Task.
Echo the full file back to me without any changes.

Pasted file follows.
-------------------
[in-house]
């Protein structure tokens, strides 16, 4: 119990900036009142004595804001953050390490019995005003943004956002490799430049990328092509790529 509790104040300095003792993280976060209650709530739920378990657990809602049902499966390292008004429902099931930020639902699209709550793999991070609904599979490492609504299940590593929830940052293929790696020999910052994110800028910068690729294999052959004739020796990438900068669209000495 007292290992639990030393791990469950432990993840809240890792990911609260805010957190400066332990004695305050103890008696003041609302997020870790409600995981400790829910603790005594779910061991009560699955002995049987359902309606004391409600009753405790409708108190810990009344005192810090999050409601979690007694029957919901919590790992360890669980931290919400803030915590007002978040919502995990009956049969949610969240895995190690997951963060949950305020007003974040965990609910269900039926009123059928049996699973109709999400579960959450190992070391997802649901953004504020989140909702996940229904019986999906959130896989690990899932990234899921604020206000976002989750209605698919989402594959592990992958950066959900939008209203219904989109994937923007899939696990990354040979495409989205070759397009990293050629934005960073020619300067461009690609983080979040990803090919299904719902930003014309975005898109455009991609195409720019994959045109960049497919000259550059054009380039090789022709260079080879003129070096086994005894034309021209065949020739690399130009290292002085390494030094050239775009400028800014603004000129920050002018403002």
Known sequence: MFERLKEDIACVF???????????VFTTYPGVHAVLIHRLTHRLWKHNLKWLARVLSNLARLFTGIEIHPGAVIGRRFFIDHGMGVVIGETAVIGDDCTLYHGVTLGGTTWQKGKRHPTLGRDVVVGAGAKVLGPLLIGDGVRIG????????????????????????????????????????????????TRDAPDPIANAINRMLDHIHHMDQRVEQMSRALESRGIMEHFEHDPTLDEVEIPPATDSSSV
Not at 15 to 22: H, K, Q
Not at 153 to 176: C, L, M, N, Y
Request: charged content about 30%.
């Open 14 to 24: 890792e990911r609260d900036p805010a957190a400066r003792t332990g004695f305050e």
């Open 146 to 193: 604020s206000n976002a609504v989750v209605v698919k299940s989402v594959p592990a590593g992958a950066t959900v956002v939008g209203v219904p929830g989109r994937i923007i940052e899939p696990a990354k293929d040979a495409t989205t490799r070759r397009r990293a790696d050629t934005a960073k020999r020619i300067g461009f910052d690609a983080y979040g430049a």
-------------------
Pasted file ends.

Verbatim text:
[in-house]
């Protein structure tokens, strides 16, 4: 119990900036009142004595804001953050390490019995005003943004956002490799430049990328092509790529 509790104040300095003792993280976060209650709530739920378990657990809602049902499966390292008004429902099931930020639902699209709550793999991070609904599979490492609504299940590593929830940052293929790696020999910052994110800028910068690729294999052959004739020796990438900068669209000495 007292290992639990030393791990469950432990993840809240890792990911609260805010957190400066332990004695305050103890008696003041609302997020870790409600995981400790829910603790005594779910061991009560699955002995049987359902309606004391409600009753405790409708108190810990009344005192810090999050409601979690007694029957919901919590790992360890669980931290919400803030915590007002978040919502995990009956049969949610969240895995190690997951963060949950305020007003974040965990609910269900039926009123059928049996699973109709999400579960959450190992070391997802649901953004504020989140909702996940229904019986999906959130896989690990899932990234899921604020206000976002989750209605698919989402594959592990992958950066959900939008209203219904989109994937923007899939696990990354040979495409989205070759397009990293050629934005960073020619300067461009690609983080979040990803090919299904719902930003014309975005898109455009991609195409720019994959045109960049497919000259550059054009380039090789022709260079080879003129070096086994005894034309021209065949020739690399130009290292002085390494030094050239775009400028800014603004000129920050002018403002």
Known sequence: MFERLKEDIACVF???????????VFTTYPGVHAVLIHRLTHRLWKHNLKWLARVLSNLARLFTGIEIHPGAVIGRRFFIDHGMGVVIGETAVIGDDCTLYHGVTLGGTTWQKGKRHPTLGRDVVVGAGAKVLGPLLIGDGVRIG????????????????????????????????????????????????TRDAPDPIANAINRMLDHIHHMDQRVEQMSRALESRGIMEHFEHDPTLDEVEIPPATDSSSV
Not at 15 to 22: H, K, Q
Not at 153 to 176: C, L, M, N, Y
Request: charged content about 30%.
């Open 14 to 24: 890792e990911r609260d900036p805010a957190a400066r003792t332990g004695f305050e």
């Open 146 to 193: 604020s206000n976002a609504v989750v209605v698919k299940s989402v594959p592990a590593g992958a950066t959900v956002v939008g209203v219904p929830g989109r994937i923007i940052e899939p696990a990354k293929d040979a495409t989205t490799r070759r397009r990293a790696d050629t934005a960073k020999r020619i300067g461009f910052d690609a983080y979040g430049a």